Mt. Pleasant, South Carolina

Danielle Motley

Danielle Motley

We’re passionate about birds and nature. That’s why we opened a Wild Birds Unlimited Nature Shop in our community.

Mt. Pleasant, South Carolina

624 Coleman Boulevard,
Moultrie Plaza
Mt. Pleasant, SC 29464

Phone: (843) 216-8800
Fax: (843) 216-8800
Email: Send Message

Store Hours:
Mon - Sat: 10:00 am - 6:00 pm
Sun: 1:00 pm - 5:00 pm

The proud new owner of the Mt. Pleasant store is Danielle Motley. If you need anything please do not hesitate to contact us! We are very passionate about our store and our hobby!

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We can show you how to turn your yard into a birdfeeding habitat that brings song, color and life to your home.


Help Birds Survive the Floods
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Moultrie Plaza, 624 Coleman Blvd.
Mt. Pleasant, SC, SC 29464
(843) 216-8800

Information - Flooding

Help Birds Survive the Floods

Excessive rainfall and floodwaters are damaging to the habitats and food sources used by birds and wildlife, particularly ground-feeding birds that eat insects, worms and seeds. They can also destroy many of the trees and shrubs that birds use for shelter and homes.

You can help birds and wildlife survive this trying time by providing much-needed foods, fresh water, shelter and places to raise young.

Install ground feeders and hang tray feeders as low as possible to the ground. Fill them with a variety of foods for ground- and low-feeding birds, such as our No Mess with Millet, suet nuggets, mealworms and fruits. Fill additional feeders with high-quality blends, suet and mealworms to give the birds a source of high-energy food.

Birds and other wildlife need a clean source of water for drinking and bathing as excessive rain and flood waters can leave polluted pools as they recede. Provide birds and wildlife access to fresh water with tall or hanging bird baths.

As things dry out, consider creating piles of brush and debris for birds to use as shelter from weather and predators. This also provides them a place to raise families. Nest boxes and nesting platforms offer additional sources for nesting and shelter.

As we all work to recover from the wet conditions, the birds visiting our backyards can bring us a sense of hope, renewal and peace. Stop by the store today and let us show you to help your birds recover as well.

Immediately before and after a big weather event, such as a flood, you often times see unique birds at your feeders and plenty of them as they work to prepare and recover from such an event.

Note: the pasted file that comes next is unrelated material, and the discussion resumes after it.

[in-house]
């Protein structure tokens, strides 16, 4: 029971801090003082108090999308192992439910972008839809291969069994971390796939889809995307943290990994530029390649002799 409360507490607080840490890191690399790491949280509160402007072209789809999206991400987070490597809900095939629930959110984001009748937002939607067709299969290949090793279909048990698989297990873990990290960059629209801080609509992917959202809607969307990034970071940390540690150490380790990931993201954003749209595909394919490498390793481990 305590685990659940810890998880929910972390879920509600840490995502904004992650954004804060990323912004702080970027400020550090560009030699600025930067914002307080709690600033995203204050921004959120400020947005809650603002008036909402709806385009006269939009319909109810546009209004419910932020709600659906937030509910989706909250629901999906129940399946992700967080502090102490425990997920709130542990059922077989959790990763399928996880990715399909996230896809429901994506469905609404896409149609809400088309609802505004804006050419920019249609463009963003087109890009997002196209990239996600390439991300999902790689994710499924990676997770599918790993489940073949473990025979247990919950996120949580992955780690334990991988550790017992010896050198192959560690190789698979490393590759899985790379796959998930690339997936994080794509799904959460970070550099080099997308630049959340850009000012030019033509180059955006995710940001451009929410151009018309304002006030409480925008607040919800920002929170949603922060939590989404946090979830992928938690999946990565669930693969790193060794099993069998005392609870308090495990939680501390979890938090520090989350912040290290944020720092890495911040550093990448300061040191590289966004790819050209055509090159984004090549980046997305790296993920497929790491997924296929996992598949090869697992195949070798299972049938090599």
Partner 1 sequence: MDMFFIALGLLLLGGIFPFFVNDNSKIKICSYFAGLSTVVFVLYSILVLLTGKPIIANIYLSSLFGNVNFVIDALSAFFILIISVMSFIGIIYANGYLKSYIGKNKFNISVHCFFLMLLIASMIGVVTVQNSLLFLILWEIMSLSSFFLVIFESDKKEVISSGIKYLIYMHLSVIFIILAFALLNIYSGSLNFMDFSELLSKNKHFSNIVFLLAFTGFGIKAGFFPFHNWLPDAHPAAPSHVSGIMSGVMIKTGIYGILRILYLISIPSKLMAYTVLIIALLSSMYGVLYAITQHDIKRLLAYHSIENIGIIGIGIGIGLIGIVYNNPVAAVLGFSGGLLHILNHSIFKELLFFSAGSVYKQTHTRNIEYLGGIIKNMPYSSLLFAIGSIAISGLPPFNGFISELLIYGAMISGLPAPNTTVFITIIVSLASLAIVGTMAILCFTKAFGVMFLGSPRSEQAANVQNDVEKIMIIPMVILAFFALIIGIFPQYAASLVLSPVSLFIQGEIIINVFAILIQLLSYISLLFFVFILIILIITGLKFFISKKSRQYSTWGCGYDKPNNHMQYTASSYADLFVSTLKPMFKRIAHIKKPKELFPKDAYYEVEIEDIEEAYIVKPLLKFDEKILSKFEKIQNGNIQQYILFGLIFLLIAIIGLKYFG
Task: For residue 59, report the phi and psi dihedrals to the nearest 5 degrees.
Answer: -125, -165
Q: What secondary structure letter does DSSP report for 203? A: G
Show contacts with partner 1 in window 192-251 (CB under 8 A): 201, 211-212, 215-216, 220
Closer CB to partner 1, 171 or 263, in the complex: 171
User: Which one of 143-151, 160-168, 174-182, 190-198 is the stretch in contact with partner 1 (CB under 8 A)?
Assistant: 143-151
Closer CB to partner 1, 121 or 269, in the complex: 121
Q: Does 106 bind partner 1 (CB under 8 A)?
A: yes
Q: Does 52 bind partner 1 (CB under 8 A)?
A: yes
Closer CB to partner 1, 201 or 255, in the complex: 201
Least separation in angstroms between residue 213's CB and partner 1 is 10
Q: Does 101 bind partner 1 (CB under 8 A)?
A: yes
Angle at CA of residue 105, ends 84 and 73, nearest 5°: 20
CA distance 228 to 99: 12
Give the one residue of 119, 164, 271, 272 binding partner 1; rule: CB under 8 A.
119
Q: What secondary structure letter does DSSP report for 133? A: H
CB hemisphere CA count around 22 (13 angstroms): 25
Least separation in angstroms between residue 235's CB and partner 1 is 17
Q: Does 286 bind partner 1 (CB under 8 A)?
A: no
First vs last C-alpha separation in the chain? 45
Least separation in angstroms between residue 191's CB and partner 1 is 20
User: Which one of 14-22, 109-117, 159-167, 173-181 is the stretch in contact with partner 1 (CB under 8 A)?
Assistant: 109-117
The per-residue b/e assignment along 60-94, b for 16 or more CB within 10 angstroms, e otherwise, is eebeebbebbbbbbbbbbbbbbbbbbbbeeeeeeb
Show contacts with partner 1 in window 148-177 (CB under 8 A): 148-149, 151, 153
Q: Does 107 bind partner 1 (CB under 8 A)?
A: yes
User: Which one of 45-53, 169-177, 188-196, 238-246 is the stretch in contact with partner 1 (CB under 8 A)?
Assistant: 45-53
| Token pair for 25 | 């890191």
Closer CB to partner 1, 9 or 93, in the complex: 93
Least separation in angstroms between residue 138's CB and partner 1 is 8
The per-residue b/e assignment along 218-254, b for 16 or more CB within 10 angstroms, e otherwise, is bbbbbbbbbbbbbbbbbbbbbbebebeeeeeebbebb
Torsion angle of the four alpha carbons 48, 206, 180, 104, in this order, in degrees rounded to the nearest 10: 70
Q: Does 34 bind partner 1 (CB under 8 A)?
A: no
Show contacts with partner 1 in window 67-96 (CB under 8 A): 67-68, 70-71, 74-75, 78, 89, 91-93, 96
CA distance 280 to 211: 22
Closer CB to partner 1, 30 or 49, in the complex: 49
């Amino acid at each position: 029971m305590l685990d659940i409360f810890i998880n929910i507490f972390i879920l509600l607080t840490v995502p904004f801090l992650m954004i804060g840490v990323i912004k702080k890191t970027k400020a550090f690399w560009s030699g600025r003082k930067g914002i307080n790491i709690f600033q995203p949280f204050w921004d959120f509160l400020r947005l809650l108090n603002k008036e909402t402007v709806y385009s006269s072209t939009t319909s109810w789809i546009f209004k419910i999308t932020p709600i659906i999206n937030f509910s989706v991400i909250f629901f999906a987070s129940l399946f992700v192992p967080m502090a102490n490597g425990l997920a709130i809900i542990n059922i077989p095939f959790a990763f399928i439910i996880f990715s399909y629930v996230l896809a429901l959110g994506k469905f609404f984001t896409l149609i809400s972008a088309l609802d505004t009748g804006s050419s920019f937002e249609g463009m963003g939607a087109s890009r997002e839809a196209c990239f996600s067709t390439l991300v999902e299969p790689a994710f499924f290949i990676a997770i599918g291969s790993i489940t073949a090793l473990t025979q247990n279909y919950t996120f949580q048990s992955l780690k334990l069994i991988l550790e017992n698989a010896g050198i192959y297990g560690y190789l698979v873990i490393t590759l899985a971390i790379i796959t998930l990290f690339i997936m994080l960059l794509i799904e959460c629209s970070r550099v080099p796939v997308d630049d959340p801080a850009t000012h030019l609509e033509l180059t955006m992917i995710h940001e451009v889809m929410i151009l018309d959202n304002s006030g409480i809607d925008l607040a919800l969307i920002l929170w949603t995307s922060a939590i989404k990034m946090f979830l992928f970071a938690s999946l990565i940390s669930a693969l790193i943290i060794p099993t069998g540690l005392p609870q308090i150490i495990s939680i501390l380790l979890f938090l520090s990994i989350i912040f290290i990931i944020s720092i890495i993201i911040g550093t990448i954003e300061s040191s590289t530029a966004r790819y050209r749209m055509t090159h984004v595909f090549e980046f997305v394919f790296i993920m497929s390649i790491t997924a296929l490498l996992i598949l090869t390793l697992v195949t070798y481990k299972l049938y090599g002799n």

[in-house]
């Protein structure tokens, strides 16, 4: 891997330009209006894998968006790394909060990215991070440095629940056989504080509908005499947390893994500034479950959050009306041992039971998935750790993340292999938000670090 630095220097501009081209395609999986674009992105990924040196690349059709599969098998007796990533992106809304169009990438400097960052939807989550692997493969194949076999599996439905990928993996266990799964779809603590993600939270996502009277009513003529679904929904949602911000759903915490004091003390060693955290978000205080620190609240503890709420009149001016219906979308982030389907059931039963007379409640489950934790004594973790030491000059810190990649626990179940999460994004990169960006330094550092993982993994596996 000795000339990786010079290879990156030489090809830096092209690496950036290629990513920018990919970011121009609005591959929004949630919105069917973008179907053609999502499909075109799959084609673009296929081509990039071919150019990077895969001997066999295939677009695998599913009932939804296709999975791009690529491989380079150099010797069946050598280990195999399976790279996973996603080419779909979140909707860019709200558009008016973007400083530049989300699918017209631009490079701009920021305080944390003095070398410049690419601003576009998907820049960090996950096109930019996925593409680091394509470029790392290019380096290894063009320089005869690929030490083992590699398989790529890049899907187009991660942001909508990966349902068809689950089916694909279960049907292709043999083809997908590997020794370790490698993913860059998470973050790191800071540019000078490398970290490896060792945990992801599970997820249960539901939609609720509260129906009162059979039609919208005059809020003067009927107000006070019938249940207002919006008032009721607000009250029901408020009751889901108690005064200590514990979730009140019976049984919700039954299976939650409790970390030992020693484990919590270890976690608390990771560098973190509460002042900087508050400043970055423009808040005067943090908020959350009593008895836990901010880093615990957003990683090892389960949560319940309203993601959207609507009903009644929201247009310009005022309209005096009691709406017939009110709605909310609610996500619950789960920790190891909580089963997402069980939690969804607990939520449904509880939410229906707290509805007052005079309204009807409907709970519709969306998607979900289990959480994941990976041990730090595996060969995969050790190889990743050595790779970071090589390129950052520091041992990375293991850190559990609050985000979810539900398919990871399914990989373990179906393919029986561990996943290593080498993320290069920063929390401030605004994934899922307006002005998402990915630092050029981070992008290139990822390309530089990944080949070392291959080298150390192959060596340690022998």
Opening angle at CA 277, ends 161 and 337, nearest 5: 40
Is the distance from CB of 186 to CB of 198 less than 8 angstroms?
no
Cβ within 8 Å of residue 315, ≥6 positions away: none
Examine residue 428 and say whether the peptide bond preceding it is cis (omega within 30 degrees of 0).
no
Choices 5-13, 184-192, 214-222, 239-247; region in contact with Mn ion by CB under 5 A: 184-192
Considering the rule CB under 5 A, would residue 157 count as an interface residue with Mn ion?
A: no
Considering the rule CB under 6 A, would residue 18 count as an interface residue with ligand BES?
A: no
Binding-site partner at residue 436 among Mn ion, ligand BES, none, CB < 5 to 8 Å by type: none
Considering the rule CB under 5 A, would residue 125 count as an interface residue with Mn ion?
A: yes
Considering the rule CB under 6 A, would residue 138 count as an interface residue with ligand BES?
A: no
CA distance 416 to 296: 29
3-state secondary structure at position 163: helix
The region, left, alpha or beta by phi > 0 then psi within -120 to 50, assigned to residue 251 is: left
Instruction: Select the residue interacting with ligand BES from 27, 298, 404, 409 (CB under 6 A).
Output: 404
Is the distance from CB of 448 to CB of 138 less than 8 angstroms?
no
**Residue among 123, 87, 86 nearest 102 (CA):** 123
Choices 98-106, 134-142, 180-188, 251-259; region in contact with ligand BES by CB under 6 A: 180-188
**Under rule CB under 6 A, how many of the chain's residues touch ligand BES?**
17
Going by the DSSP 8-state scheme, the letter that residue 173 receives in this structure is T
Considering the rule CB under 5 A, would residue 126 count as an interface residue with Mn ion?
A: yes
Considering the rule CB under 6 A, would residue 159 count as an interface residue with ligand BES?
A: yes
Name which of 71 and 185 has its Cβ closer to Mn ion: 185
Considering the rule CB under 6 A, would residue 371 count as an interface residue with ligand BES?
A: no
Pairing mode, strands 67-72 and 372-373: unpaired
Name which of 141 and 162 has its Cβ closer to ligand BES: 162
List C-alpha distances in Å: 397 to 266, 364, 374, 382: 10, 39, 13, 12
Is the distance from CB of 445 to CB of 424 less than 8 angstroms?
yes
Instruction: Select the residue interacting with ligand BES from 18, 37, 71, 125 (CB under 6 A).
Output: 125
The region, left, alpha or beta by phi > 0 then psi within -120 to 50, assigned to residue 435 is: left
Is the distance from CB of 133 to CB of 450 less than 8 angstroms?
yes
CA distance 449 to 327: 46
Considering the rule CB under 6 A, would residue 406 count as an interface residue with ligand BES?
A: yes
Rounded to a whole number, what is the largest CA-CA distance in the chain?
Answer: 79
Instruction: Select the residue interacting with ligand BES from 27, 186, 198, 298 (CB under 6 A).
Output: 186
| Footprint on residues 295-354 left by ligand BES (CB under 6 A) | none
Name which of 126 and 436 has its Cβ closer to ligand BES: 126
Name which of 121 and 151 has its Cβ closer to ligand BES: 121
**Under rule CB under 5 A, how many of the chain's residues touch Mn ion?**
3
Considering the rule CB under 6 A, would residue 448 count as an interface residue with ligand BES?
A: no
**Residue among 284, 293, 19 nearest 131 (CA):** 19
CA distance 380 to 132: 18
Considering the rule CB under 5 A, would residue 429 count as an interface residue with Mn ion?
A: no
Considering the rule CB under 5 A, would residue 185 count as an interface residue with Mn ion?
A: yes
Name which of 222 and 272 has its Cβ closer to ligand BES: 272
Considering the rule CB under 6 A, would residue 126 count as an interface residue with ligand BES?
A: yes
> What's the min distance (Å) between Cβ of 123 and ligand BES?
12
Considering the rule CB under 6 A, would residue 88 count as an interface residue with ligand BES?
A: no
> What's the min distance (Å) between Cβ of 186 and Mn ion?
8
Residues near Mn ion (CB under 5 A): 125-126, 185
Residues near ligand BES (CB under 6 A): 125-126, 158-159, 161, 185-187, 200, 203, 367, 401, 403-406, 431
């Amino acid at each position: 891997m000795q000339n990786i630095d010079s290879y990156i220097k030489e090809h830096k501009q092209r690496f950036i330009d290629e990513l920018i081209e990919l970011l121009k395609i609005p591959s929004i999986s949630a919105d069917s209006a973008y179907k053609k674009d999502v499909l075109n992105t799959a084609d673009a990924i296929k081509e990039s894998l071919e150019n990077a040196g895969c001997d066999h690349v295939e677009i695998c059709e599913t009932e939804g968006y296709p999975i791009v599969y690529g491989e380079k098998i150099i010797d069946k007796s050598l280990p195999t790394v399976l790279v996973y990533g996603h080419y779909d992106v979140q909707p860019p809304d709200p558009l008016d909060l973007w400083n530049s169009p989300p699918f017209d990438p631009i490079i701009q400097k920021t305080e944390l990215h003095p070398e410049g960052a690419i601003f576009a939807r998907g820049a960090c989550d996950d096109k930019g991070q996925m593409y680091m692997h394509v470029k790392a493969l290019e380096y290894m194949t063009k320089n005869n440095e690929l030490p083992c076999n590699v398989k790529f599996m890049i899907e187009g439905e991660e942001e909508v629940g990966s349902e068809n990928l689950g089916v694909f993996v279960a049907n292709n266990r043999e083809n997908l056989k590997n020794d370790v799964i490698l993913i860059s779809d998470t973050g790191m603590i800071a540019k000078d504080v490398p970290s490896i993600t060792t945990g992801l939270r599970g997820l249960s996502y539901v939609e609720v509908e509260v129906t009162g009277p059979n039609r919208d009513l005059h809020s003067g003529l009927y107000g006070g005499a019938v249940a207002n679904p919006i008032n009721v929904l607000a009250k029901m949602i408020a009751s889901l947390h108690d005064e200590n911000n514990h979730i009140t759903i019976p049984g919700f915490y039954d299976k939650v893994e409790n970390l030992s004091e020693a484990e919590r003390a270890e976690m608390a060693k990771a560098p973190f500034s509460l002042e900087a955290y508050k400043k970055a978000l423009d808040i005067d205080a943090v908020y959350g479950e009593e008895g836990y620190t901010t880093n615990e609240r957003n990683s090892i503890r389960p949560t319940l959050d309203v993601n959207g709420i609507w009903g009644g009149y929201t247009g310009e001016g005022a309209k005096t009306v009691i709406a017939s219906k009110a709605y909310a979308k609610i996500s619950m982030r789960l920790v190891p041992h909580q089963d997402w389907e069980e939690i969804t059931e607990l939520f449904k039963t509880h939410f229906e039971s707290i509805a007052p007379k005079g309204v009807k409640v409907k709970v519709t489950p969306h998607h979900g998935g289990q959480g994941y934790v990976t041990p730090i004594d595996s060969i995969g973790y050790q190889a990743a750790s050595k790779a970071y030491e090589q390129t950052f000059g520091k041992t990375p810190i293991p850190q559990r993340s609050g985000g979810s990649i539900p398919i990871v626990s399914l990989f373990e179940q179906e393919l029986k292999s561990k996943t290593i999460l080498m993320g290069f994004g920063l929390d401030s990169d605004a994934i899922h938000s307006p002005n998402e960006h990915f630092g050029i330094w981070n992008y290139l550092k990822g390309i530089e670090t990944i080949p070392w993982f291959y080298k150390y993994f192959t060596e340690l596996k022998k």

In the event that we are struck with bad flooding the store will be closed until conditions are safe. Please call us or check our Facebook page  if you are planning to stop by over the weekend. So far our hours for Friday the 2nd are 10am-6pm unless an early closure is necessary.

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An Email from Your Local Backyard Bird Feeding Expert

Wild Birds Unlimited of Mt. Pleasant, SC, SC
Moultrie Plaza, 624 Coleman Blvd. | | (843) 216-8800



Providing Food Now Will Help Later

During fall and winter, chickadees, nuthatches and titmice will hide food to retrieve and eat at a later time. This behavior is called "caching." Caching helps birds survive during bad weather and when food sources are low.

These birds store hundreds of seeds a day, and each seed is placed in a different location and they remember where each one is. They can find each site accurately even a month later.

By providing an easily accessible food source, you can help your chickadees, nuthatches and titmice with their caching needs. Below is a little more detail on some of your favorite birds' caching behaviors.

Chestnut-backed Chickadee


  • Cache seeds (in the shell and out), nuts, insects and other invertebrate prey
  • Food is typically cached within 130 feet (40 m) from feeders
  • Cache more during the middle of the day
  • May carry off several seeds at a time, but each item is stored in a separate location
  • Store food in knotholes, bark, under shingles, in the ground and on the underside of small branches

Red-breasted Nuthatch


  • Prefer to cache hulled sunflower seeds, because they are easier and faster to cache; occasionally mealworms
  • Choose heavier seeds (because they are larger or have a higher oil content)
  • Food is typically cached about 45 feet (13.5 m) from feeders
  • Most active caching time is early in the day
  • Store food in bark crevices on large tree trunks and on the underside of branches

Tufted Titmouse


  • Cache sunflower, peanuts and safflower
  • Food is typically cached within 130 feet (40 m) from feeders
  • Cache one seed at a time and typically choose the largest seeds available
  • Often remove seeds from their shell (80% of the time) before hiding them